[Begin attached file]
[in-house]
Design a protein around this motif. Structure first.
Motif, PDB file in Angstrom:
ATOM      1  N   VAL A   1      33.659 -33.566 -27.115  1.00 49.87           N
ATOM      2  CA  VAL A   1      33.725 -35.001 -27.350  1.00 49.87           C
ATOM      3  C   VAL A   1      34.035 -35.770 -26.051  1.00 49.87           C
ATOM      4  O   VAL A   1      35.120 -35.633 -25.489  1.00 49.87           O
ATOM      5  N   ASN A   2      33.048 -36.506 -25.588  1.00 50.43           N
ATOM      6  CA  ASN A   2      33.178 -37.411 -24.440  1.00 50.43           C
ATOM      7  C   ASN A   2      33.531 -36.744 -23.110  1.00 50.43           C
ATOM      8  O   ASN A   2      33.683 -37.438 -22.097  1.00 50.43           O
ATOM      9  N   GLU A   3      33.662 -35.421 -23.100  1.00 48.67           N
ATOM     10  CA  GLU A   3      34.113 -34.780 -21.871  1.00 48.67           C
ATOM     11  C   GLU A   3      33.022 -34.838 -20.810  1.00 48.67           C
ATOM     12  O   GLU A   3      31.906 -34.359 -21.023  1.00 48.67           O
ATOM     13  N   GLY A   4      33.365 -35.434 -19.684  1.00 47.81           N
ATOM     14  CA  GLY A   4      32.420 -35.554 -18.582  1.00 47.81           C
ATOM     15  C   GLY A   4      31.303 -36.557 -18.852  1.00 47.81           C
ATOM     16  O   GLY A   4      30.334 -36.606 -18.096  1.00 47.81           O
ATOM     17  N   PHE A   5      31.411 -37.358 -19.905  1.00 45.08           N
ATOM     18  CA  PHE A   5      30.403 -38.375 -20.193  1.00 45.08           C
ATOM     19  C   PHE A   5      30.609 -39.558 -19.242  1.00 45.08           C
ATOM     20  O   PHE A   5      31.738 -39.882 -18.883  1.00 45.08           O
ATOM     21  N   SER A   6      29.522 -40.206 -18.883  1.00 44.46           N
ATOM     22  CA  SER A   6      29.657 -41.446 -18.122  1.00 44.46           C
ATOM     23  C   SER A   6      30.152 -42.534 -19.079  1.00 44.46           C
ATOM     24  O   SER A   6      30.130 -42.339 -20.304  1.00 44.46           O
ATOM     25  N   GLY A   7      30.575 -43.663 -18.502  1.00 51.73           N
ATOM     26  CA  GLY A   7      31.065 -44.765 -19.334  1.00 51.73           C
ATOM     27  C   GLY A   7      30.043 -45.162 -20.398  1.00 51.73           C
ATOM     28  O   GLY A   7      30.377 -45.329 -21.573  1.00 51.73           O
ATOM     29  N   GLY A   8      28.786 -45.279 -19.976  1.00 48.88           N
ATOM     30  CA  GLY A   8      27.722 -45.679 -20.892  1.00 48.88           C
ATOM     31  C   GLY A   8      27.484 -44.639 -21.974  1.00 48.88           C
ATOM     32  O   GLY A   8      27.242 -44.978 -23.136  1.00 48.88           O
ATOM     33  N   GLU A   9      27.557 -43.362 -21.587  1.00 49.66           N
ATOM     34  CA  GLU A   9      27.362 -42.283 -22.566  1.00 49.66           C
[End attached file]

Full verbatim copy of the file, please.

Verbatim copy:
[in-house]
Design a protein around this motif. Structure first.
Motif, PDB file in Angstrom:
ATOM      1  N   VAL A   1      33.659 -33.566 -27.115  1.00 49.87           N
ATOM      2  CA  VAL A   1      33.725 -35.001 -27.350  1.00 49.87           C
ATOM      3  C   VAL A   1      34.035 -35.770 -26.051  1.00 49.87           C
ATOM      4  O   VAL A   1      35.120 -35.633 -25.489  1.00 49.87           O
ATOM      5  N   ASN A   2      33.048 -36.506 -25.588  1.00 50.43           N
ATOM      6  CA  ASN A   2      33.178 -37.411 -24.440  1.00 50.43           C
ATOM      7  C   ASN A   2      33.531 -36.744 -23.110  1.00 50.43           C
ATOM      8  O   ASN A   2      33.683 -37.438 -22.097  1.00 50.43           O
ATOM      9  N   GLU A   3      33.662 -35.421 -23.100  1.00 48.67           N
ATOM     10  CA  GLU A   3      34.113 -34.780 -21.871  1.00 48.67           C
ATOM     11  C   GLU A   3      33.022 -34.838 -20.810  1.00 48.67           C
ATOM     12  O   GLU A   3      31.906 -34.359 -21.023  1.00 48.67           O
ATOM     13  N   GLY A   4      33.365 -35.434 -19.684  1.00 47.81           N
ATOM     14  CA  GLY A   4      32.420 -35.554 -18.582  1.00 47.81           C
ATOM     15  C   GLY A   4      31.303 -36.557 -18.852  1.00 47.81           C
ATOM     16  O   GLY A   4      30.334 -36.606 -18.096  1.00 47.81           O
ATOM     17  N   PHE A   5      31.411 -37.358 -19.905  1.00 45.08           N
ATOM     18  CA  PHE A   5      30.403 -38.375 -20.193  1.00 45.08           C
ATOM     19  C   PHE A   5      30.609 -39.558 -19.242  1.00 45.08           C
ATOM     20  O   PHE A   5      31.738 -39.882 -18.883  1.00 45.08           O
ATOM     21  N   SER A   6      29.522 -40.206 -18.883  1.00 44.46           N
ATOM     22  CA  SER A   6      29.657 -41.446 -18.122  1.00 44.46           C
ATOM     23  C   SER A   6      30.152 -42.534 -19.079  1.00 44.46           C
ATOM     24  O   SER A   6      30.130 -42.339 -20.304  1.00 44.46           O
ATOM     25  N   GLY A   7      30.575 -43.663 -18.502  1.00 51.73           N
ATOM     26  CA  GLY A   7      31.065 -44.765 -19.334  1.00 51.73           C
ATOM     27  C   GLY A   7      30.043 -45.162 -20.398  1.00 51.73           C
ATOM     28  O   GLY A   7      30.377 -45.329 -21.573  1.00 51.73           O
ATOM     29  N   GLY A   8      28.786 -45.279 -19.976  1.00 48.88           N
ATOM     30  CA  GLY A   8      27.722 -45.679 -20.892  1.00 48.88           C
ATOM     31  C   GLY A   8      27.484 -44.639 -21.974  1.00 48.88           C
ATOM     32  O   GLY A   8      27.242 -44.978 -23.136  1.00 48.88           O
ATOM     33  N   GLU A   9      27.557 -43.362 -21.587  1.00 49.66           N
ATOM     34  CA  GLU A   9      27.362 -42.283 -22.566  1.00 49.66           C